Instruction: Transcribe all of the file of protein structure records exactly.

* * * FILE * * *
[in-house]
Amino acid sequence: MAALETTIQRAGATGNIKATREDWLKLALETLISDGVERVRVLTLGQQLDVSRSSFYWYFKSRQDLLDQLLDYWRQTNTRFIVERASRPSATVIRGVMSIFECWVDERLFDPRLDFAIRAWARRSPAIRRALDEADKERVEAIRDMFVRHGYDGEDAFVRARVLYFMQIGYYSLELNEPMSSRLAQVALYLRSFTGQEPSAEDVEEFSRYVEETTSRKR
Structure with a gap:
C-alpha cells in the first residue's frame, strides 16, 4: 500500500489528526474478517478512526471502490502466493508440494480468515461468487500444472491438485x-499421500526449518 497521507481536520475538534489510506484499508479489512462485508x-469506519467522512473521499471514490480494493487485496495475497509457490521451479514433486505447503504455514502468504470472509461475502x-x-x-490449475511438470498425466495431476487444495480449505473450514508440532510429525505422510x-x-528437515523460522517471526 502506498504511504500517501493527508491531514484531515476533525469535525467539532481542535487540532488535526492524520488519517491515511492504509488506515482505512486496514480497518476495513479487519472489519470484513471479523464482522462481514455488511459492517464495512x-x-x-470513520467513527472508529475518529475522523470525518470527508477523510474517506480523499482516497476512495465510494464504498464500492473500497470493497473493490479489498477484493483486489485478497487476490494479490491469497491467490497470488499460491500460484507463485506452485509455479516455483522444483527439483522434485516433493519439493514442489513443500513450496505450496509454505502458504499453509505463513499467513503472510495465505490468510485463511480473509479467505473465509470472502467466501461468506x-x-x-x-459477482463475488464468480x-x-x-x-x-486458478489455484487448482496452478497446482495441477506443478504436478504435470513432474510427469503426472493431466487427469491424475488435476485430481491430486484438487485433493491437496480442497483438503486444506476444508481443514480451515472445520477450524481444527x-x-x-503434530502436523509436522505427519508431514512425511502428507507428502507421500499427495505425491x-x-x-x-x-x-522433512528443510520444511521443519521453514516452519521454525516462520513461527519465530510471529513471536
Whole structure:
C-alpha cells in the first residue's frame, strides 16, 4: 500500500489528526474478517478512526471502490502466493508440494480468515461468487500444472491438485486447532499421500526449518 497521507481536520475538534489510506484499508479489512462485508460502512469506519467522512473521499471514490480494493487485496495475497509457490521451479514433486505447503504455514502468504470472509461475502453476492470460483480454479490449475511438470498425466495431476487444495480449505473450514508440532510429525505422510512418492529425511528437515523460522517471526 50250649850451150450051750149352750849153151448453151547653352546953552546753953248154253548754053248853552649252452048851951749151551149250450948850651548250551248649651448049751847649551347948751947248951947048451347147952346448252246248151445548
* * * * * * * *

[in-house]
Amino acid sequence: MAALETTIQRAGATGNIKATREDWLKLALETLISDGVERVRVLTLGQQLDVSRSSFYWYFKSRQDLLDQLLDYWRQTNTRFIVERASRPSATVIRGVMSIFECWVDERLFDPRLDFAIRAWARRSPAIRRALDEADKERVEAIRDMFVRHGYDGEDAFVRARVLYFMQIGYYSLELNEPMSSRLAQVALYLRSFTGQEPSAEDVEEFSRYVEETTSRKR
Structure with a gap:
C-alpha cells in the first residue's frame, strides 16, 4: 500500500489528526474478517478512526471502490502466493508440494480468515461468487500444472491438485x-499421500526449518 497521507481536520475538534489510506484499508479489512462485508x-469506519467522512473521499471514490480494493487485496495475497509457490521451479514433486505447503504455514502468504470472509461475502x-x-x-490449475511438470498425466495431476487444495480449505473450514508440532510429525505422510x-x-528437515523460522517471526 502506498504511504500517501493527508491531514484531515476533525469535525467539532481542535487540532488535526492524520488519517491515511492504509488506515482505512486496514480497518476495513479487519472489519470484513471479523464482522462481514455488511459492517464495512x-x-x-470513520467513527472508529475518529475522523470525518470527508477523510474517506480523499482516497476512495465510494464504498464500492473500497470493497473493490479489498477484493483486489485478497487476490494479490491469497491467490497470488499460491500460484507463485506452485509455479516455483522444483527439483522434485516433493519439493514442489513443500513450496505450496509454505502458504499453509505463513499467513503472510495465505490468510485463511480473509479467505473465509470472502467466501461468506x-x-x-x-459477482463475488464468480x-x-x-x-x-486458478489455484487448482496452478497446482495441477506443478504436478504435470513432474510427469503426472493431466487427469491424475488435476485430481491430486484438487485433493491437496480442497483438503486444506476444508481443514480451515472445520477450524481444527x-x-x-503434530502436523509436522505427519508431514512425511502428507507428502507421500499427495505425491x-x-x-x-x-x-522433512528443510520444511521443519521453514516452519521454525516462520513461527519465530510471529513471536
Whole structure:
C-alpha cells in the first residue's frame, strides 16, 4: 500500500489528526474478517478512526471502490502466493508440494480468515461468487500444472491438485486447532499421500526449518 497521507481536520475538534489510506484499508479489512462485508460502512469506519467522512473521499471514490480494493487485496495475497509457490521451479514433486505447503504455514502468504470472509461475502453476492470460483480454479490449475511438470498425466495431476487444495480449505473450514508440532510429525505422510512418492529425511528437515523460522517471526 50250649850451150450051750149352750849153151448453151547653352546953552546753953248154253548754053248853552649252452048851951749151551149250450948850651548250551248649651448049751847649551347948751947248951947048451347147952346448252246248151445548